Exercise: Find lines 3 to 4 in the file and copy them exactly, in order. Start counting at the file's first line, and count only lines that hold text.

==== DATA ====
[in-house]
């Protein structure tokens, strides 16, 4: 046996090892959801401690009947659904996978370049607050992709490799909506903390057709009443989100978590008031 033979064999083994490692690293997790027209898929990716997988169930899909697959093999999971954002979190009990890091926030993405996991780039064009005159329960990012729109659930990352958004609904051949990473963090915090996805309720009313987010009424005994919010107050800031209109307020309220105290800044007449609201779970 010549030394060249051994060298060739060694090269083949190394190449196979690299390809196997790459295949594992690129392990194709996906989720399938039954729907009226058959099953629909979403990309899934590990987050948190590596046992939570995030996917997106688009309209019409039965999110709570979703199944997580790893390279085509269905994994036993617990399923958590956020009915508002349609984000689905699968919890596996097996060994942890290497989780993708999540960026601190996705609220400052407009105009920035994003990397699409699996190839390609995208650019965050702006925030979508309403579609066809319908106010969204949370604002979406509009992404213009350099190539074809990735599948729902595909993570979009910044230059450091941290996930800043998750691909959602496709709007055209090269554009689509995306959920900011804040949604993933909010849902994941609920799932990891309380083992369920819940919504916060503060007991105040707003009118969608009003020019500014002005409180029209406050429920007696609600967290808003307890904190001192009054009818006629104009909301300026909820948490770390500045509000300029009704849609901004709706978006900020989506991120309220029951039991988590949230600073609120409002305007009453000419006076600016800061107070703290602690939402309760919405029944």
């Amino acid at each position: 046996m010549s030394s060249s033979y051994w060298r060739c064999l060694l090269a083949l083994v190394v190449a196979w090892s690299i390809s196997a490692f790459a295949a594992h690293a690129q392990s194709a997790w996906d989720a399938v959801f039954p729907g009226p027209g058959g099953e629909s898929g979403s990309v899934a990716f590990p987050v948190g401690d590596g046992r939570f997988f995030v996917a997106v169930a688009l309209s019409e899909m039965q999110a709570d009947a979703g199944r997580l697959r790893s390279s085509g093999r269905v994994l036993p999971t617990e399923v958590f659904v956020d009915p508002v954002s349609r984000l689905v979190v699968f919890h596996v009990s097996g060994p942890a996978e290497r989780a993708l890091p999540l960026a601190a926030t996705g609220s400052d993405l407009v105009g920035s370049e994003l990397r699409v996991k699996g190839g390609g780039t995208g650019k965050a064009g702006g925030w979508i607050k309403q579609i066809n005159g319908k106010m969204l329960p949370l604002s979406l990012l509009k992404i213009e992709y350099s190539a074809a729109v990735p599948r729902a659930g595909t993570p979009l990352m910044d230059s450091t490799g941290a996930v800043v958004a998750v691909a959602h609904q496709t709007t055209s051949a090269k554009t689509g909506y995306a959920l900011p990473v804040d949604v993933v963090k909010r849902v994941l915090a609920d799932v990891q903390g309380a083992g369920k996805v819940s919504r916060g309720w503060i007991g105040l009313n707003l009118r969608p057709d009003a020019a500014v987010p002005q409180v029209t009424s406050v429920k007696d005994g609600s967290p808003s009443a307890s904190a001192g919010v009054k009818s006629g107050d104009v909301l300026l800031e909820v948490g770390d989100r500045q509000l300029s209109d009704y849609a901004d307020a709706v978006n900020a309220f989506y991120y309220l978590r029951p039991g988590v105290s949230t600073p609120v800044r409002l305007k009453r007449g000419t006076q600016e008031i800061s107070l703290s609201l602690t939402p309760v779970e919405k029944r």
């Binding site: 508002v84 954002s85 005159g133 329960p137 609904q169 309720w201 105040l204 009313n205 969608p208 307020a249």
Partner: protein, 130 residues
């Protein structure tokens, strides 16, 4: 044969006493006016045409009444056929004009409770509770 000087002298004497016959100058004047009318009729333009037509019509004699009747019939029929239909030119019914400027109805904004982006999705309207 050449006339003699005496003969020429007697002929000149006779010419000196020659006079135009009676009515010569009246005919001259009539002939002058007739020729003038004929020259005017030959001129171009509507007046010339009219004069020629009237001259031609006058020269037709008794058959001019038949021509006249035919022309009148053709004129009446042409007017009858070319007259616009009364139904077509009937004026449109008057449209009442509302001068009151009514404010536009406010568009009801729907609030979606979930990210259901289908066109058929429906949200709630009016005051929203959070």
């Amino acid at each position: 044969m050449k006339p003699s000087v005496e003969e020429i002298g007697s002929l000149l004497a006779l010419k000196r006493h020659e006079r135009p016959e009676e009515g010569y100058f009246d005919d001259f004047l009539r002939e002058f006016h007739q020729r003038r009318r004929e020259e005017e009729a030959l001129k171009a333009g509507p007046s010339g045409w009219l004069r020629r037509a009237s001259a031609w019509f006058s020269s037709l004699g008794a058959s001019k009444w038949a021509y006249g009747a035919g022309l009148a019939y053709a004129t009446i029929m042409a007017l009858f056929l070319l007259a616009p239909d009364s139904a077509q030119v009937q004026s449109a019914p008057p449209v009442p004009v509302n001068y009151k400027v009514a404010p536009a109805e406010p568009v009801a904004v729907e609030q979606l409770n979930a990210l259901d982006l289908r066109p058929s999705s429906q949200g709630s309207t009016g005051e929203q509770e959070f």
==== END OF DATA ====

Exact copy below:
């Amino acid at each position: 046996m010549s030394s060249s033979y051994w060298r060739c064999l060694l090269a083949l083994v190394v190449a196979w090892s690299i390809s196997a490692f790459a295949a594992h690293a690129q392990s194709a997790w996906d989720a399938v959801f039954p729907g009226p027209g058959g099953e629909s898929g979403s990309v899934a990716f590990p987050v948190g401690d590596g046992r939570f997988f995030v996917a997106v169930a688009l309209s019409e899909m039965q999110a709570d009947a979703g199944r997580l697959r790893s390279s085509g093999r269905v994994l036993p999971t617990e399923v958590f659904v956020d009915p508002v954002s349609r984000l689905v979190v699968f919890h596996v009990s097996g060994p942890a996978e290497r989780a993708l890091p999540l960026a601190a926030t996705g609220s400052d993405l407009v105009g920035s370049e994003l990397r699409v996991k699996g190839g390609g780039t995208g650019k965050a064009g702006g925030w979508i607050k309403q579609i066809n005159g319908k106010m969204l329960p949370l604002s979406l990012l509009k992404i213009e992709y350099s190539a074809a729109v990735p599948r729902a659930g595909t993570p979009l990352m910044d230059s450091t490799g941290a996930v800043v958004a998750v691909a959602h609904q496709t709007t055209s051949a090269k554009t689509g909506y995306a959920l900011p990473v804040d949604v993933v963090k909010r849902v994941l915090a609920d799932v990891q903390g309380a083992g369920k996805v819940s919504r916060g309720w503060i007991g105040l009313n707003l009118r969608p057709d009003a020019a500014v987010p002005q409180v029209t009424s406050v429920k007696d005994g609600s967290p808003s009443a307890s904190a001192g919010v009054k009818s006629g107050d104009v909301l300026l800031e909820v948490g770390d989100r500045q509000l300029s209109d009704y849609a901004d307020a709706v978006n900020a309220f989506y991120y309220l978590r029951p039991g988590v105290s949230t600073p609120v800044r409002l305007k009453r007449g000419t006076q600016e008031i800061s107070l703290s609201l602690t939402p309760v779970e919405k029944r």
């Binding site: 508002v84 954002s85 005159g133 329960p137 609904q169 309720w201 105040l204 009313n205 969608p208 307020a249």